I was concentrating on Ms. Woodward, who looked absolutely stunning in her simplicity, her white hair pulled back into a simple ponytail.
During spring break 2002, I traveled to New York City for the express purpose of seeing a limited-engagement revival of Arthur Miller's _The Crucible_ at the Virginia Theater. The production featured Liam Neeson and Laura Linney as John and Elizabeth Proctor. _The Crucible_ is part of a clutch of what I consider the finest American plays (including Tennessee Williams's peerless _A Streetcar Named Desire_ and _The Glass Menagerie_).
It was, as I had hoped, magnificent, and after the play I braved the cold near the stage door in hopes of meeting the stars. It must have been the night for well-known friends of the cast to attend, because it was a treat watching famous audience members exit through the side door. I was able to take a fine photo of Christian Slater and his gal pal.
Looking back, what almost eclipsed getting Laura Linney's photograph and posing with the unfailingly polite Liam Neeson for a picture was seeing Paul Newman and Joanne Woodward quietly leave the theater and get into a chauffeured car parked at the curb right next to where I patiently stood rubbing my hands together and stamping my feet.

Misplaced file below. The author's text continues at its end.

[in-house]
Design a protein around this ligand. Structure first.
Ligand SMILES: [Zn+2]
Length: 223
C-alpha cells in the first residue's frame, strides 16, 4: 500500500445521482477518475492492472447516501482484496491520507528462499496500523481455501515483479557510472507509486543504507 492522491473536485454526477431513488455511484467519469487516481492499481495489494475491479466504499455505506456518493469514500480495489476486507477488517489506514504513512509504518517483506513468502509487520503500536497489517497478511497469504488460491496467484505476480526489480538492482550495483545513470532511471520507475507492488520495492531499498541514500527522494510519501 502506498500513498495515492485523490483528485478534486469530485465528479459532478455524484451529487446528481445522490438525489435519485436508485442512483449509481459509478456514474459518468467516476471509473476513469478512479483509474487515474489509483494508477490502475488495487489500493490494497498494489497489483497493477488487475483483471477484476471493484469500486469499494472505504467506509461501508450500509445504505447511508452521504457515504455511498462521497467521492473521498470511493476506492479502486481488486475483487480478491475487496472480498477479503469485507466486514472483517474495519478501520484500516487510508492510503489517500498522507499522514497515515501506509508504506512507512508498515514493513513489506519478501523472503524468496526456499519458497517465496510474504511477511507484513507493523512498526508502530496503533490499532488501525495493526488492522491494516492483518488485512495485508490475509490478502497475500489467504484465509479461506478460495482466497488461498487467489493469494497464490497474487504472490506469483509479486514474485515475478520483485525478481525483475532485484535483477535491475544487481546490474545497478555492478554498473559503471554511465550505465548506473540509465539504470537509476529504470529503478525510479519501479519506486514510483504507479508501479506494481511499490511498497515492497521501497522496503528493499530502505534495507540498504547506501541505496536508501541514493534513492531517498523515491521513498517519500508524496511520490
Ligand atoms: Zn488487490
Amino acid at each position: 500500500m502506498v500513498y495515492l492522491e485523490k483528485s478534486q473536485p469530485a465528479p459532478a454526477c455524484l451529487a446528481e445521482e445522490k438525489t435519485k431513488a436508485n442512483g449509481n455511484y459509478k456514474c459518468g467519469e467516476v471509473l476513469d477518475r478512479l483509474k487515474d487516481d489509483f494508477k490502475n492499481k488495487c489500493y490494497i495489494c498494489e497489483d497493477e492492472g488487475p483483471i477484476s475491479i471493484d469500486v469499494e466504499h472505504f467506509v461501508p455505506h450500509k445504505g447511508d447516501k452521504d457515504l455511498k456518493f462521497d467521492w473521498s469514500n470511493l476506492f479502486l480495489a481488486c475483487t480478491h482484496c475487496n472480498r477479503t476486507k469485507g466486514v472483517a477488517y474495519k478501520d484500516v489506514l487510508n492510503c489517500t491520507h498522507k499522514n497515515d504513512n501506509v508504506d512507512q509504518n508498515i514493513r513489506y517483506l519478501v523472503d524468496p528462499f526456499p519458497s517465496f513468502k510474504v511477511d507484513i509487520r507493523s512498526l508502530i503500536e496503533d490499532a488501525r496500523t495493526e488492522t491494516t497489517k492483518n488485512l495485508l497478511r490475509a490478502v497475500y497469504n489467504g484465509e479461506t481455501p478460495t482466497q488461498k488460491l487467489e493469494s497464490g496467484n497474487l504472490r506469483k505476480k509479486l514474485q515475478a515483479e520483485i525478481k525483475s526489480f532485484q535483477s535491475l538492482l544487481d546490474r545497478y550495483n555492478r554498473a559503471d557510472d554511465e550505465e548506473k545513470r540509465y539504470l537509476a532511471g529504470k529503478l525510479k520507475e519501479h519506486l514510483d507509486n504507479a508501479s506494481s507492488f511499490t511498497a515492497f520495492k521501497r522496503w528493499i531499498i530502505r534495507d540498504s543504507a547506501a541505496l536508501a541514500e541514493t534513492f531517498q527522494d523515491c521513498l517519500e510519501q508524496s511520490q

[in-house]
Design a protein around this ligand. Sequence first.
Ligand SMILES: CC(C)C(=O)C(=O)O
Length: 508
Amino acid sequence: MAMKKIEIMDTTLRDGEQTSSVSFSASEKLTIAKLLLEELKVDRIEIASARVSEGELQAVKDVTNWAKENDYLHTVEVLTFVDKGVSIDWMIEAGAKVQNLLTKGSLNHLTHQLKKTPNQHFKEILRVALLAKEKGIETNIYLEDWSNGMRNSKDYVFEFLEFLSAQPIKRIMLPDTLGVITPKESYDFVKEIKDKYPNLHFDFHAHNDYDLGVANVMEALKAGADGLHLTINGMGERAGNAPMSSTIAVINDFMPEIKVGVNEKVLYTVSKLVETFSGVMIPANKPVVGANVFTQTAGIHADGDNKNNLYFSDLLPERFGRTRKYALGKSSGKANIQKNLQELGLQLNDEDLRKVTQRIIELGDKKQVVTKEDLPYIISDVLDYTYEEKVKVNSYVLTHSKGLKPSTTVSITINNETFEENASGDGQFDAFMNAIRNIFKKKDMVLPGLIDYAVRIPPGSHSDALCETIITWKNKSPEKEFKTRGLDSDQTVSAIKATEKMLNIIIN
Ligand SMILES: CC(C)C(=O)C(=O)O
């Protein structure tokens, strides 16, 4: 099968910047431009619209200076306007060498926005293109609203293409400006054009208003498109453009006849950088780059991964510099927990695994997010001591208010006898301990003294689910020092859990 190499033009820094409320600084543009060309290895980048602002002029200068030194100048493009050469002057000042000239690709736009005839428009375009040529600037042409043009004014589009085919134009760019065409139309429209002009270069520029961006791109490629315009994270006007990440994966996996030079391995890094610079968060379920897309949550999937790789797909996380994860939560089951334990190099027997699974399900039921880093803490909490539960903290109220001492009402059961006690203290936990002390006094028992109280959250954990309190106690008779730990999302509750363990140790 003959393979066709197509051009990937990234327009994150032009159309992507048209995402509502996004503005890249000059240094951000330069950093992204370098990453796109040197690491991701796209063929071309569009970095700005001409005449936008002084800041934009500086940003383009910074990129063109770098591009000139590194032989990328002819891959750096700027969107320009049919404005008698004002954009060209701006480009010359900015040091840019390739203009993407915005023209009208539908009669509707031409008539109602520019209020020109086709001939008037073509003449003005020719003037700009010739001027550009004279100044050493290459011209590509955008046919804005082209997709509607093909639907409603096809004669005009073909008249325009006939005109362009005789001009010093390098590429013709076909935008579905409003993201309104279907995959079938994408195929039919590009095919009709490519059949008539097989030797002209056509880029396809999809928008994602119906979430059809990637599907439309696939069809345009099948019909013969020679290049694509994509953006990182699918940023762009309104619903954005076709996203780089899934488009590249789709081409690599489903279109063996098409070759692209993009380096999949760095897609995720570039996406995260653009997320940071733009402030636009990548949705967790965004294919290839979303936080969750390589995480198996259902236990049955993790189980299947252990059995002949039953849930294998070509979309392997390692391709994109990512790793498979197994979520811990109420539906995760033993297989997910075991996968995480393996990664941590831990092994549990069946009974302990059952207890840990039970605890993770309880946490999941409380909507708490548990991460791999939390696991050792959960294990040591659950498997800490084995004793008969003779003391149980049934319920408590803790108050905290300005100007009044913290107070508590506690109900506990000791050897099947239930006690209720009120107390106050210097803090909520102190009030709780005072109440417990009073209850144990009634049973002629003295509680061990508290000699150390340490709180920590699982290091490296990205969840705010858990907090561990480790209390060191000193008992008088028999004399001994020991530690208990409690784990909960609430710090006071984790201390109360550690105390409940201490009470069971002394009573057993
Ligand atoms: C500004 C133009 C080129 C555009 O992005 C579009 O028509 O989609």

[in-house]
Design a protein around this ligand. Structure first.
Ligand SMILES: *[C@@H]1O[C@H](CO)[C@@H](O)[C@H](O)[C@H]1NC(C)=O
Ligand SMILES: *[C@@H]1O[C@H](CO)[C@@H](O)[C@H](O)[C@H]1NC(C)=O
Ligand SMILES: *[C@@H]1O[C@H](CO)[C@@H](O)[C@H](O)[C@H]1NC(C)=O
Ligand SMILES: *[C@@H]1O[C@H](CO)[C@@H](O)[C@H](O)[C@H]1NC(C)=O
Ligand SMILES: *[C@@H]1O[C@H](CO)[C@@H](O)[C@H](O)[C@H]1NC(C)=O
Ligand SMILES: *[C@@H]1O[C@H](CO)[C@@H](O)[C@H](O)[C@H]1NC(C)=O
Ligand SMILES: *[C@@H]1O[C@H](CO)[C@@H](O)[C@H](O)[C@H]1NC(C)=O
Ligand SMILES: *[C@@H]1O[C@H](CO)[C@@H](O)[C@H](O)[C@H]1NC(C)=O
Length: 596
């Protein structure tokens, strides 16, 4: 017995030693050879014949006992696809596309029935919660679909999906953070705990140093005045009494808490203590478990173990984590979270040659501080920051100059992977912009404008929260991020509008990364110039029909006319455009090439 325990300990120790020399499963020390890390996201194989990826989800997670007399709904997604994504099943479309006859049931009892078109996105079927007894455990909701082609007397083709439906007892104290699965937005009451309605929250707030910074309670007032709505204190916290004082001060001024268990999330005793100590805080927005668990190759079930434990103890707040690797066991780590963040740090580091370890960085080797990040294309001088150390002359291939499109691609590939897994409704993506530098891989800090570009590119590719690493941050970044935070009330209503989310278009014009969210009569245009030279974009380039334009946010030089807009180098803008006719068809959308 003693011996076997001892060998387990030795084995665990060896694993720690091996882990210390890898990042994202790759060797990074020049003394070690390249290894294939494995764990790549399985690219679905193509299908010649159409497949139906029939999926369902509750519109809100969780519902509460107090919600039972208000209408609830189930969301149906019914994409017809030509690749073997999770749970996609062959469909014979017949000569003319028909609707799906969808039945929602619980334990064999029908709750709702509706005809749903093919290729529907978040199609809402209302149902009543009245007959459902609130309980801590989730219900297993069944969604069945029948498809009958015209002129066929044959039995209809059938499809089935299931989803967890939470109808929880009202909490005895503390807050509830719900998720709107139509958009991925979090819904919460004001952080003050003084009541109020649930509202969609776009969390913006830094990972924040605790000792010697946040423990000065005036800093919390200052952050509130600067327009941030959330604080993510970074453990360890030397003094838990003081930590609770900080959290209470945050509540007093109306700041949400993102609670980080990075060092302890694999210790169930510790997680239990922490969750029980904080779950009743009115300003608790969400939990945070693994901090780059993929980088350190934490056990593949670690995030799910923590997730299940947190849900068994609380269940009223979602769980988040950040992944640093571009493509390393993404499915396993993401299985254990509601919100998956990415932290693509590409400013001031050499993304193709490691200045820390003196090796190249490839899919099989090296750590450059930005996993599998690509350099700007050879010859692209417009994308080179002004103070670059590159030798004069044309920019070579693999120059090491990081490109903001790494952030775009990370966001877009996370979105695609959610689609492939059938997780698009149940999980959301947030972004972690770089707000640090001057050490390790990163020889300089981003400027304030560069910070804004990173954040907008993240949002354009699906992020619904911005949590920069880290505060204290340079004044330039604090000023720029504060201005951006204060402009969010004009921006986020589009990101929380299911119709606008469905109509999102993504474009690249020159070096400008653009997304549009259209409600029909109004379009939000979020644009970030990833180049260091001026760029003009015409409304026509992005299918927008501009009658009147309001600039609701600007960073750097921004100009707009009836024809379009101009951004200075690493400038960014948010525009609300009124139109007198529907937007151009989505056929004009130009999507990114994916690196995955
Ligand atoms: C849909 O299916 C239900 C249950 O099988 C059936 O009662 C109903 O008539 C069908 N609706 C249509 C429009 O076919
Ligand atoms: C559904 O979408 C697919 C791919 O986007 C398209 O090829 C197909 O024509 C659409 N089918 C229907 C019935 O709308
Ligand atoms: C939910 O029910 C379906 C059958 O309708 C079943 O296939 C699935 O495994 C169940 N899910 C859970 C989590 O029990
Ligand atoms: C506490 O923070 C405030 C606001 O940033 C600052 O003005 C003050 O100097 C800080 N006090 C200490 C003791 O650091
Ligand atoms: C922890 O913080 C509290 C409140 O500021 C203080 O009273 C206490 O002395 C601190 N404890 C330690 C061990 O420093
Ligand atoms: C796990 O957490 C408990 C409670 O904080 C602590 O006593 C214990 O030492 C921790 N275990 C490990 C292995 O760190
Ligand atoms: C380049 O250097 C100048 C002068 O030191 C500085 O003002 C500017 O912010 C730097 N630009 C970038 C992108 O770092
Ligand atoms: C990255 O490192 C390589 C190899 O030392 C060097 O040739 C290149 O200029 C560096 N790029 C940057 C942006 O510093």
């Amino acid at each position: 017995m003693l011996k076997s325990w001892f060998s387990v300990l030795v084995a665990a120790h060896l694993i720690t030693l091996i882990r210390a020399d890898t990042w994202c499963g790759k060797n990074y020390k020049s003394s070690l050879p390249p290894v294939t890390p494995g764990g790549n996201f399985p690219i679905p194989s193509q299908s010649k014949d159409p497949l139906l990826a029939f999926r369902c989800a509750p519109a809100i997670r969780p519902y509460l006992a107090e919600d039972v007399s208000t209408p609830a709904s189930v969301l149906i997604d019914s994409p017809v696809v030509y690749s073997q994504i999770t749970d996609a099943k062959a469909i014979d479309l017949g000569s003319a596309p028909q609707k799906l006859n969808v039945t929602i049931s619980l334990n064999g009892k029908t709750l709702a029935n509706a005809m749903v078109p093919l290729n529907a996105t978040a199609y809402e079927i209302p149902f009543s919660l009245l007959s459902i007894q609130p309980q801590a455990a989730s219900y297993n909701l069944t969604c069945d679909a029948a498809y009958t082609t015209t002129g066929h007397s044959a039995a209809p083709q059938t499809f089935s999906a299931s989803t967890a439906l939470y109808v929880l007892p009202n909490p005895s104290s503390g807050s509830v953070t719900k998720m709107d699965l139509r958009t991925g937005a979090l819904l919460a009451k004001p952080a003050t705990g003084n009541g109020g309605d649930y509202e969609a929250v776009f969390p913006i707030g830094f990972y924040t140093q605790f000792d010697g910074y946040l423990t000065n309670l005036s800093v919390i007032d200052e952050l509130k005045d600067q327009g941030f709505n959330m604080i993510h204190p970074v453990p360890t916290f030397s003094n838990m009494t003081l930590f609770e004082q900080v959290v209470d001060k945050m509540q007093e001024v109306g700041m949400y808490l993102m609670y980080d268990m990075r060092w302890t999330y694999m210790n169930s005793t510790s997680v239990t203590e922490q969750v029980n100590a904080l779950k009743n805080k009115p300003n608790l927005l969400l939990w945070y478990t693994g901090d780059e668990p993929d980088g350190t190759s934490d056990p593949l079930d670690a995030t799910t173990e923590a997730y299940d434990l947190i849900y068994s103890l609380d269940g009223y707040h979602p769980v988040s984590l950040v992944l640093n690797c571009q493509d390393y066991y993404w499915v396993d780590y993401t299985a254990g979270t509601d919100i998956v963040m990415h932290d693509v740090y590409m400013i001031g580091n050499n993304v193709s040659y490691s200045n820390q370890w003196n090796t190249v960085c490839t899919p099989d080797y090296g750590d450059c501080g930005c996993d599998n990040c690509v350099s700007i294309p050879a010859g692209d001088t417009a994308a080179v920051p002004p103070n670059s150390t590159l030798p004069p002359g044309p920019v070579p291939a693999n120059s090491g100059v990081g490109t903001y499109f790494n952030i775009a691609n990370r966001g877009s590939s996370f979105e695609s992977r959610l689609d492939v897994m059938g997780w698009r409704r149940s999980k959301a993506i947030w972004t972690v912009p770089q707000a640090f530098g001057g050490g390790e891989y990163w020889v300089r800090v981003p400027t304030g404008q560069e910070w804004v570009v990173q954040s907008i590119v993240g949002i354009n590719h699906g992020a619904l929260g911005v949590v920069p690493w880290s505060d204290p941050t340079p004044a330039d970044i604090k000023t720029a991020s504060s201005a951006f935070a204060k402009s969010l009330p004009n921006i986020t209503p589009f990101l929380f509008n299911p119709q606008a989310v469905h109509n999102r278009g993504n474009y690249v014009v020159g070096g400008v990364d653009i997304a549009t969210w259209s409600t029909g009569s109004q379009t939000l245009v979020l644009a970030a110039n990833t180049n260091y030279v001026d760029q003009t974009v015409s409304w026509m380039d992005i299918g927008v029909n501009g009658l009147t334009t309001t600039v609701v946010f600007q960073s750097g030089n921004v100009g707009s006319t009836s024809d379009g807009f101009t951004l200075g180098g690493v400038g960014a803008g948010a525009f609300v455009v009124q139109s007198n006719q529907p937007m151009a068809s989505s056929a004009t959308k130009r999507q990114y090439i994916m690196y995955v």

Mr. Newman looked much older than I had expected, and he didn't deign to recognize those of us who recognized him. I was concentrating on Ms. Woodward, who looked absolutely stunning in her simplicity, her white hair pulled back into a simple ponytail. I called out to her several times, but it was only when I referenced her work in the film version of _The Glass Menagerie_ (directed by Mr. Newman) that she shyly looked my way. It was an amazing moment on a spectacular night that I will never forget.
Robert Redford was right: The world is a better place because Paul Newman lived in it. What an actor. What a humanitarian. Rest in peace, Mr. Newman, and may God grant you peace and solace, Ms. Woodward.